The film reflected Stanley and Vargas's disillusionment with the recent concerns of gays and lesbians in the political sphere. Gone are the days when queers actively and openly resisted heteronormativity; gone are the many prisoner-solidarity projects that Regina Kunzel describes in her 2008 book Criminal Intimacy: Prison and the Uneven History of Modern American Sexuality; gone is the grassroots fervor of past queer organizations like Gay Liberation Front and ACT UP that militated against state invasions of queer lives and politics. In their place are groups like Human Rights Campaign and the National Gay and Lesbian Task Force, who actively set about courting D.C. politicians on same-sex marriage. Instead of arguing that everyone needs health care, mainstream gays and lesbians are now insisting that an unfair system should be extended to include them.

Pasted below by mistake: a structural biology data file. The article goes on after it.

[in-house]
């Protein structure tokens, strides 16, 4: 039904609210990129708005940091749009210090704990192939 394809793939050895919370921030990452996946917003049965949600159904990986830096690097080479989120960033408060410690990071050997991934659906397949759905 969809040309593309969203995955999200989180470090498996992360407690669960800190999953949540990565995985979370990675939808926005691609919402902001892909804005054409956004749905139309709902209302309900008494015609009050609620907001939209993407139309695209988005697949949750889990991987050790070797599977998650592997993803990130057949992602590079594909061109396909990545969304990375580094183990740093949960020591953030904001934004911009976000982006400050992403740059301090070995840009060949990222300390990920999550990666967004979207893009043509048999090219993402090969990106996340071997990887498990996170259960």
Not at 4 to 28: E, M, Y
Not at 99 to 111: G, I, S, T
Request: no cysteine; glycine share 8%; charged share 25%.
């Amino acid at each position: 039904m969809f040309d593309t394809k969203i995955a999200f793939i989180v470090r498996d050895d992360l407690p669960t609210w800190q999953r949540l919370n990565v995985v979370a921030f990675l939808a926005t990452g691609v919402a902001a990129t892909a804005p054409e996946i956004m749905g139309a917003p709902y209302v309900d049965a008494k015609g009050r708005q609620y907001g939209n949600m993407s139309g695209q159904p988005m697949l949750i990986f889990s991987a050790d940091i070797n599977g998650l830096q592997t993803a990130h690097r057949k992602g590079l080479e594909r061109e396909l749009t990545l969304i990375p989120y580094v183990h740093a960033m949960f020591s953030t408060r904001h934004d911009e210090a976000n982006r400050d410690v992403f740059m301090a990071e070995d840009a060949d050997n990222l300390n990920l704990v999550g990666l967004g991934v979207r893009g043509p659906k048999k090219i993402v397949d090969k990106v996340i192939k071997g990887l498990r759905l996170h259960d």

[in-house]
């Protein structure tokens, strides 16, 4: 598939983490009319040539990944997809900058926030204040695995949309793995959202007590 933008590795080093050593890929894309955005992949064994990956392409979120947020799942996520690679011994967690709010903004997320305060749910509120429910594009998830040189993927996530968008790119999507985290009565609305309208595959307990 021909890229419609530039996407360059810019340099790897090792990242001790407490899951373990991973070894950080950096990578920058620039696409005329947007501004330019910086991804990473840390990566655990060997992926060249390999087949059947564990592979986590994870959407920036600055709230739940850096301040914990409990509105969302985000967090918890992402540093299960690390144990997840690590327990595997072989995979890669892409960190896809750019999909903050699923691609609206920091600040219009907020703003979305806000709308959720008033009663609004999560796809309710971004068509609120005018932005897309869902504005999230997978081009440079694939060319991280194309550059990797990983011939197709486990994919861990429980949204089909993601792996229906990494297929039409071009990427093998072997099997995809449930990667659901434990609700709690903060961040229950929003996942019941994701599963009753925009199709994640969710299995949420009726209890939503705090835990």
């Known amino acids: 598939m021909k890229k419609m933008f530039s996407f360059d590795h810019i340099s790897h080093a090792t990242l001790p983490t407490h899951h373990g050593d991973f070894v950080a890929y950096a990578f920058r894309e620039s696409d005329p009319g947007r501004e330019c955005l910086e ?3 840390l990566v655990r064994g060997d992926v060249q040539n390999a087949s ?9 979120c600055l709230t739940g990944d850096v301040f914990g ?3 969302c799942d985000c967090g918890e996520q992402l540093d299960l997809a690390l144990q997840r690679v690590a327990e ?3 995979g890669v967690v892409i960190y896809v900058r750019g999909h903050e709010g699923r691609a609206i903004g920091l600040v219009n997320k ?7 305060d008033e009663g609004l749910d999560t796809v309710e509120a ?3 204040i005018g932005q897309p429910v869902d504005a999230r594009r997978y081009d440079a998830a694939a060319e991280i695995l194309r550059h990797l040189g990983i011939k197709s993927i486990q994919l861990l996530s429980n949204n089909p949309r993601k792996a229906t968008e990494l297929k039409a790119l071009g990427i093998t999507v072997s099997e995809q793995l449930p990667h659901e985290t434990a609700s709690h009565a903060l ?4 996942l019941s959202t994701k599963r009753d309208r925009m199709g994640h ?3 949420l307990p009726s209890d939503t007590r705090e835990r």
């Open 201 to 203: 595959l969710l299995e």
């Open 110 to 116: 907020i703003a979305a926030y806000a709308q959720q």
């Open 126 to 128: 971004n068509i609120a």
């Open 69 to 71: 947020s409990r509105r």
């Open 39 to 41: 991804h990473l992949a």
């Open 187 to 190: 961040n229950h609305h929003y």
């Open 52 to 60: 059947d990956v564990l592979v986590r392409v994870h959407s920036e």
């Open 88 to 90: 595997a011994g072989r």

The new film Criminal Queers is the pair's second attempt to confront the rapid mainstreaming of gay politics. Along with a bevy of radical and enthusiastic friends and lovers, they've made a sequel to Homotopia that finds the wedding crashers on the run. One of them, Lucy Parsons, languishes in jail after being denied bail, her gender identity—while she claims female pronouns, her state identity card marks her as male—throwing the state into confusion. Drawing upon the same visual repertoire as Homotopia, Criminal Queers is a mixture of satire and political critique, wrapped up in a classic prison-break narrative. The presence of perhaps the most famous prison abolitionist of our time, Angela Davis, lends weight to the film's rumination on the prison-industrial complex. Yasmin Nair caught up with Stanley and Vargas to talk about the PIC, the HRC, and feminist film in a genderqueer world.